NAIROBI, Kenya, December 13 (Compass Direct News) – Young Muslim men of Somali descent beat a 23-year-old Somali Christian unconscious last week in Kenya, less than six weeks after a related gang attacked his older brother.
Ibrahim, 23, whose surname is withheld for security reasons, was beaten by seven Somalis born in Kenya who stopped him near his home in an undisclosed town at about 8:30 p.m. on Dec. 5, he told Compass. His family was presumably Muslim when he was born, so the gang beat him as an “apostate” even though he later had been raised as a Christian, his family said.
He had gone out to buy food for the family, but heavy rains delayed his return. When Ibrahim refused to heed their orders to stop, they began to rough him up, and he heard one of the assailants say, “This is one of the guys we have been looking for, and today we have found him – we did not succeed in killing your brother, but today we are going to kill you.”
The young men began hitting him from every side, he said.
“A blunt object hit my knee, and immediately I fell down,” he said. “There were several blows that injured my left eye. While on the ground the gang continued hitting me on my head as well as my leg. From that time on I did not know what happened next. I only remember shouting and crying for help. Later I found myself at our house with the rest of the family members.”
Area residents were able to stop the beating and took him home, he later learned.
When Compass met with him two days after the attack, a knee injury on one leg and bruises and swelling on the other kept him from walking. His left eye looked red, and he said he could not see well.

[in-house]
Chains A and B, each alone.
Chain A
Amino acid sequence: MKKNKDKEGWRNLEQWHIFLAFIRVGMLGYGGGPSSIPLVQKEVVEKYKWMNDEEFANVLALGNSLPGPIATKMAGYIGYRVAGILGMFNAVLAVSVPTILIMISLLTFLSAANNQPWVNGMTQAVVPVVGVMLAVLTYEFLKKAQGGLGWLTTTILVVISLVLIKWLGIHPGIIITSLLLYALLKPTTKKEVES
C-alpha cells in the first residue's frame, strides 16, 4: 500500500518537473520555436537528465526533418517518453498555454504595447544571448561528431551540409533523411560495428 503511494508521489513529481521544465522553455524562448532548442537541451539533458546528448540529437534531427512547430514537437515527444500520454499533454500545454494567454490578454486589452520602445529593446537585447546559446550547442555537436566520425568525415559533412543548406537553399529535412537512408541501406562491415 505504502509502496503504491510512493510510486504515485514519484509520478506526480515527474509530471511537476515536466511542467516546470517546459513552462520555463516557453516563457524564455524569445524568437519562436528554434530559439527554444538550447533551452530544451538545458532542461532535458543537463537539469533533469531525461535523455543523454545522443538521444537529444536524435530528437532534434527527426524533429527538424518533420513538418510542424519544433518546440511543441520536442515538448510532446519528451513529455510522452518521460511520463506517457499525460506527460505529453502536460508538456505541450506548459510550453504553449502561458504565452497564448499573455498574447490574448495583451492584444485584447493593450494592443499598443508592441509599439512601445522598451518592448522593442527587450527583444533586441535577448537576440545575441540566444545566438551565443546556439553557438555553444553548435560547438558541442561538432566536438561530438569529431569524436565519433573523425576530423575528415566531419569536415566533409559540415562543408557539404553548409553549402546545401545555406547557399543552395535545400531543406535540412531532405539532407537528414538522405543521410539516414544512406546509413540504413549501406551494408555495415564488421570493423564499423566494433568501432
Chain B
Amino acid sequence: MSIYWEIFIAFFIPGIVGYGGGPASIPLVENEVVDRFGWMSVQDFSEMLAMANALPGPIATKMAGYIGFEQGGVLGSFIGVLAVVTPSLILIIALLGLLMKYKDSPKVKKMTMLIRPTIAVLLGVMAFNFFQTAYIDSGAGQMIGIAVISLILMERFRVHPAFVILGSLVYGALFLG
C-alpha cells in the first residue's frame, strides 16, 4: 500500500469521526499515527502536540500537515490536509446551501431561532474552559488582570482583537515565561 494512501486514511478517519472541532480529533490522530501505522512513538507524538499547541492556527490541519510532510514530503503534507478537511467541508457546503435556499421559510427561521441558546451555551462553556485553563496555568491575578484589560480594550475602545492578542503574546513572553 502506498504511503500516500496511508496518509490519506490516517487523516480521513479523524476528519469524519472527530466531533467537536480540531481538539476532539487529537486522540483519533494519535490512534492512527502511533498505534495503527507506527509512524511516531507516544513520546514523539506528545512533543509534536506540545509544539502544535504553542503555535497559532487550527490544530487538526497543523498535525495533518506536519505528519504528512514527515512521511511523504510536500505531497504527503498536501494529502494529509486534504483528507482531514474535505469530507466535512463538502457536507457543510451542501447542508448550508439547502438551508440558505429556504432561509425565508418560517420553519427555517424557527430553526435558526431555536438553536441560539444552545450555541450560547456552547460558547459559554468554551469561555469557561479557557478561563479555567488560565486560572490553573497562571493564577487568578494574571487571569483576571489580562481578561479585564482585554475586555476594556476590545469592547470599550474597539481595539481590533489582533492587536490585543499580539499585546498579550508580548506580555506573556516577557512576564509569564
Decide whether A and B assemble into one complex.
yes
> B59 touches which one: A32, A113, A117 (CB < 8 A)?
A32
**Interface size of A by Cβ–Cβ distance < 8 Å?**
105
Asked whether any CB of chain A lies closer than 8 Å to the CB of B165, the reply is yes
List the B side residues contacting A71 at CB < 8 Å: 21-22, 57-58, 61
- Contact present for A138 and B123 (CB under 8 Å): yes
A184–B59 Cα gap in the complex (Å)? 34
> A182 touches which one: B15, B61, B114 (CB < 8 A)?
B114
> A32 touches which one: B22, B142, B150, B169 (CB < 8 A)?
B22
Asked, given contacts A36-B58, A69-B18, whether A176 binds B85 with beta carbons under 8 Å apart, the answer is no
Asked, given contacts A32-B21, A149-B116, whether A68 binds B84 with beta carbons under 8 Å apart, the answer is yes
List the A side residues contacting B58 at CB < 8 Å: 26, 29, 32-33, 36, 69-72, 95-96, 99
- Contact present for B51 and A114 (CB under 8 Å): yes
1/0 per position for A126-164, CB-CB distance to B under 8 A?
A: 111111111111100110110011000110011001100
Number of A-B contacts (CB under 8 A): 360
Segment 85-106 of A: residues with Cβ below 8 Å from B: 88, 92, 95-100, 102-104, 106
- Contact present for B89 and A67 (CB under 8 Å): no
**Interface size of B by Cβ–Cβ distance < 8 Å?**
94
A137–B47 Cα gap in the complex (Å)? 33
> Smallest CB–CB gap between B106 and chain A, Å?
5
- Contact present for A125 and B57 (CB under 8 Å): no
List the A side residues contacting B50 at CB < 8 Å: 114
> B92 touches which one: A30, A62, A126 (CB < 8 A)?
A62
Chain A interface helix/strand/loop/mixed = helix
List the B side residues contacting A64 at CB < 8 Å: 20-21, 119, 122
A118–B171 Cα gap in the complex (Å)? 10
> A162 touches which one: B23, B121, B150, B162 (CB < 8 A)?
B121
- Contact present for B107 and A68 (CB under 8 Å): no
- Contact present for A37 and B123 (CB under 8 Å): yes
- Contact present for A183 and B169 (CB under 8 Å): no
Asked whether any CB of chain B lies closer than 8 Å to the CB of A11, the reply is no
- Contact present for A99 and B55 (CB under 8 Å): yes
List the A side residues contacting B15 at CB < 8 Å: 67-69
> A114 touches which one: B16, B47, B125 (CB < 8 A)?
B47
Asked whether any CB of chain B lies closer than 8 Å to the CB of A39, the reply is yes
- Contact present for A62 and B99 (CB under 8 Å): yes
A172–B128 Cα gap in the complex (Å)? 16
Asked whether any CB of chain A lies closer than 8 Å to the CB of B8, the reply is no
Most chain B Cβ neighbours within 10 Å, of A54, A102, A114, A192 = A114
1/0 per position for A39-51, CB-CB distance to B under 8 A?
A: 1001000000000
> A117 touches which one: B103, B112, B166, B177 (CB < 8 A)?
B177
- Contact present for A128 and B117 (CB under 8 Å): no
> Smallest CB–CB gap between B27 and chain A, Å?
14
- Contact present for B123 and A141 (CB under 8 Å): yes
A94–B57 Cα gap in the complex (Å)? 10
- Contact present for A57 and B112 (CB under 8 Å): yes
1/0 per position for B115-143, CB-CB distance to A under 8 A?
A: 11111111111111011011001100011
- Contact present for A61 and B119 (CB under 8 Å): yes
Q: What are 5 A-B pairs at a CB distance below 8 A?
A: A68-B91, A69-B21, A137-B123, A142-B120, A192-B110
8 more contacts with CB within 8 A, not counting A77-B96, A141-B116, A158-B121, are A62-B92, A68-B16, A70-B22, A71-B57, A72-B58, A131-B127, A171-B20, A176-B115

“I feel dizzy, and my memory has been affected,” he said. “I cannot turn my head; the pain all over my body is numbing.”
On Oct. 27, a related gang attacked Ibrahim’s brother, 25-year-old Hassan, as they had learned that the entire family had become Christian (See Somali Muslims Cut, Beat Christian Unconscious in Kenya, Nov. 4). Police arrested two of the attackers, but they were released without charges after allegedly accepting a bribe of 10,000 Kenyan shillings (U.S. $110), according to the young men’s mother.
The Christian woman, whose name is withheld for security reasons, said police reported that the two suspects escaped from custody.
“We have information that the two who are alleged to have escaped from prison are in Nyeri,” a town in central Kenya near Mt. Kenya about 150 kilometers (93 miles) from Nairobi, she said.
The Somali neighbors in Kenya who had attacked Hassan left him for dead, bleeding and naked. Like his younger brother, Hassan had been returning home from running errands when six young Muslim men hit him with a metal bar on his forehead and face, he said; he lost two teeth. They also wounded his hands with a knife. The attackers stripped him of his clothes as he bled and dragged him away, dumping him at the entrance of an area Presbyterian Church of East Africa.
The young men’s mother, saddened and shaken, said she was reluctant to report the latest assault after the release of the two men arrested in connection with the attack on her oldest son.
“I feel it will be a waste of time, because those who attacked Hassan were released without being charged in court,” she said.
The latest incident comes in the wake of similar attacks on Somalis who have embraced Christ and have fled radical Islamists who do not hesitate to execute those who abandon the Islamic religion.
Ibrahim said he was able to identify two of the Muslims who beat him, Kenya-born Somali neighbors known as Abdi Kodana and Mohammed Kodana. The leader of the gang, he said, was Omar Kadi, also a Kenya-born Somali.
The young men’s mother said she is seeking a safer place to move the family. The sole breadwinner for the family, she fled Somalia 10 years ago after the death of her husband. She has five other sons and two daughters.
The widow and her family are part of a church that meets secretly in a home, but neighborhood Muslims have gradually surmised that they are Christians as they do not attend a mosque.
c. 2011 Compass Direct News. Used with permission.
Publication date: December 14, 2011